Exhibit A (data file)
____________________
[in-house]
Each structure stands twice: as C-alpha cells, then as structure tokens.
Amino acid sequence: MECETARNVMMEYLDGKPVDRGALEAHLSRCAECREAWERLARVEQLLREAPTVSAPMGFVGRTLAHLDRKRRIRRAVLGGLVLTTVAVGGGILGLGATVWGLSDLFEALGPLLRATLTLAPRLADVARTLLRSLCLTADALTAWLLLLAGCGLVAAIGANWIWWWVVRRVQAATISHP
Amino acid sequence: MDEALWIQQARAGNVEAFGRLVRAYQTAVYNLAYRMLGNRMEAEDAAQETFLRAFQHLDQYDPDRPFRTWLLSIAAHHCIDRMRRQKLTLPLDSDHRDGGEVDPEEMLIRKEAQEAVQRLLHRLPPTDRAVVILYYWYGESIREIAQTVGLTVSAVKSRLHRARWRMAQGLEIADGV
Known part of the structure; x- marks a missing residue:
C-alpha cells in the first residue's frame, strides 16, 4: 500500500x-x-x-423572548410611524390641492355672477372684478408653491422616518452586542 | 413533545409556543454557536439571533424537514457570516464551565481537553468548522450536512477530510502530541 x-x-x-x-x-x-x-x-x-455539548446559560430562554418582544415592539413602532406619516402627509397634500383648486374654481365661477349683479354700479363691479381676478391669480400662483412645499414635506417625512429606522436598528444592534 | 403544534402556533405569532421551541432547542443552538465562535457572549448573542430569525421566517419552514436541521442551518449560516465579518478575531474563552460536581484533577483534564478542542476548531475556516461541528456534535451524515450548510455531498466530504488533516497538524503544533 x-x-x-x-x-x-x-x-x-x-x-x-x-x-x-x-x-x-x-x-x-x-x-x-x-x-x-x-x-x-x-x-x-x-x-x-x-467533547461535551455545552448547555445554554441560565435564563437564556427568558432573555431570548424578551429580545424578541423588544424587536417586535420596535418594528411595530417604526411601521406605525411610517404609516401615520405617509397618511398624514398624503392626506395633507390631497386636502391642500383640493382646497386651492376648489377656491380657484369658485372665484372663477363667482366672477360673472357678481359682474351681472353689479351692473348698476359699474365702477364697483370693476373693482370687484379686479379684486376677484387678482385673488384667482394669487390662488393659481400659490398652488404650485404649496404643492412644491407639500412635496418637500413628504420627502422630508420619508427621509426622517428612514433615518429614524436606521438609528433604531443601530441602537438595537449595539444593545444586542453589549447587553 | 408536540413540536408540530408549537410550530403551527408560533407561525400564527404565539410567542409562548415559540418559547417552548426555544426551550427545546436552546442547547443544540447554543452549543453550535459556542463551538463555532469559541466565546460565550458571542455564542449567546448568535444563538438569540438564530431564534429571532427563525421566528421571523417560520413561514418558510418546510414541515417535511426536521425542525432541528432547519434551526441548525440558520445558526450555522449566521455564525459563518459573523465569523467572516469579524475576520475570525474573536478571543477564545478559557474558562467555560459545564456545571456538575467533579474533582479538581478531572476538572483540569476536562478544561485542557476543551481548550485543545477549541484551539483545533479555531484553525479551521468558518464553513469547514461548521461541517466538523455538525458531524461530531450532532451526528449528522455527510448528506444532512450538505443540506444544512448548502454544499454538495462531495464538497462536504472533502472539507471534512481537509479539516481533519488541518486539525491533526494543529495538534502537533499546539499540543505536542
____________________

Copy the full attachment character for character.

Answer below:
[in-house]
Each structure stands twice: as C-alpha cells, then as structure tokens.
Amino acid sequence: MECETARNVMMEYLDGKPVDRGALEAHLSRCAECREAWERLARVEQLLREAPTVSAPMGFVGRTLAHLDRKRRIRRAVLGGLVLTTVAVGGGILGLGATVWGLSDLFEALGPLLRATLTLAPRLADVARTLLRSLCLTADALTAWLLLLAGCGLVAAIGANWIWWWVVRRVQAATISHP
Amino acid sequence: MDEALWIQQARAGNVEAFGRLVRAYQTAVYNLAYRMLGNRMEAEDAAQETFLRAFQHLDQYDPDRPFRTWLLSIAAHHCIDRMRRQKLTLPLDSDHRDGGEVDPEEMLIRKEAQEAVQRLLHRLPPTDRAVVILYYWYGESIREIAQTVGLTVSAVKSRLHRARWRMAQGLEIADGV
Known part of the structure; x- marks a missing residue:
C-alpha cells in the first residue's frame, strides 16, 4: 500500500x-x-x-423572548410611524390641492355672477372684478408653491422616518452586542 | 413533545409556543454557536439571533424537514457570516464551565481537553468548522450536512477530510502530541 x-x-x-x-x-x-x-x-x-455539548446559560430562554418582544415592539413602532406619516402627509397634500383648486374654481365661477349683479354700479363691479381676478391669480400662483412645499414635506417625512429606522436598528444592534 | 403544534402556533405569532421551541432547542443552538465562535457572549448573542430569525421566517419552514436541521442551518449560516465579518478575531474563552460536581484533577483534564478542542476548531475556516461541528456534535451524515450548510455531498466530504488533516497538524503544533 x-x-x-x-x-x-x-x-x-x-x-x-x-x-x-x-x-x-x-x-x-x-x-x-x-x-x-x-x-x-x-x-x-x-x-x-x-467533547461535551455545552448547555445554554441560565435564563437564556427568558432573555431570548424578551429580545424578541423588544424587536417586535420596535418594528411595530417604526411601521406605525411610517404609516401615520405617509397618511398624514398624503392626506395633507390631497386636502391642500383640493382646497386651492376648489377656491380657484369658485372665484372663477363667482366672477360673472357678481359682474351681472353689479351692473348698476359699474365702477364697483370693476373693482370687484379686479379684486376677484387678482385673488384667482394669487390662488393659481400659490398652488404650485404649496404643492412644491407639500412635496418637500413628504420627502422630508420619508427621509426622517428612514433615518429614524436606521438609528433604531443601530441602537438595537449595539444593545444586542453589549447587553 | 408536540413540536408540530408549537410550530403551527408560533407561525400564527404565539410567542409562548415559540418559547417552548426555544426551550427545546436552546442547547443544540447554543452549543453550535459556542463551538463555532469559541466565546460565550458571542455564542449567546448568535444563538438569540438564530431564534429571532427563525421566528421571523417560520413561514418558510418546510414541515417535511426536521425542525432541528432547519434551526441548525440558520445558526450555522449566521455564525459563518459573523465569523467572516469579524475576520475570525474573536478571543477564545478559557474558562467555560459545564456545571456538575467533579474533582479538581478531572476538572483540569476536562478544561485542557476543551481548550485543545477549541484551539483545533479555531484553525479551521468558518464553513469547514461548521461541517466538523455538525458531524461530531450532532451526528449528522455527510448528506444532512450538505443540506444544512448548502454544499454538495462531495464538497462536504472533502472539507471534512481537509479539516481533519488541518486539525491533526494543529495538534502537533499546539499540543505536542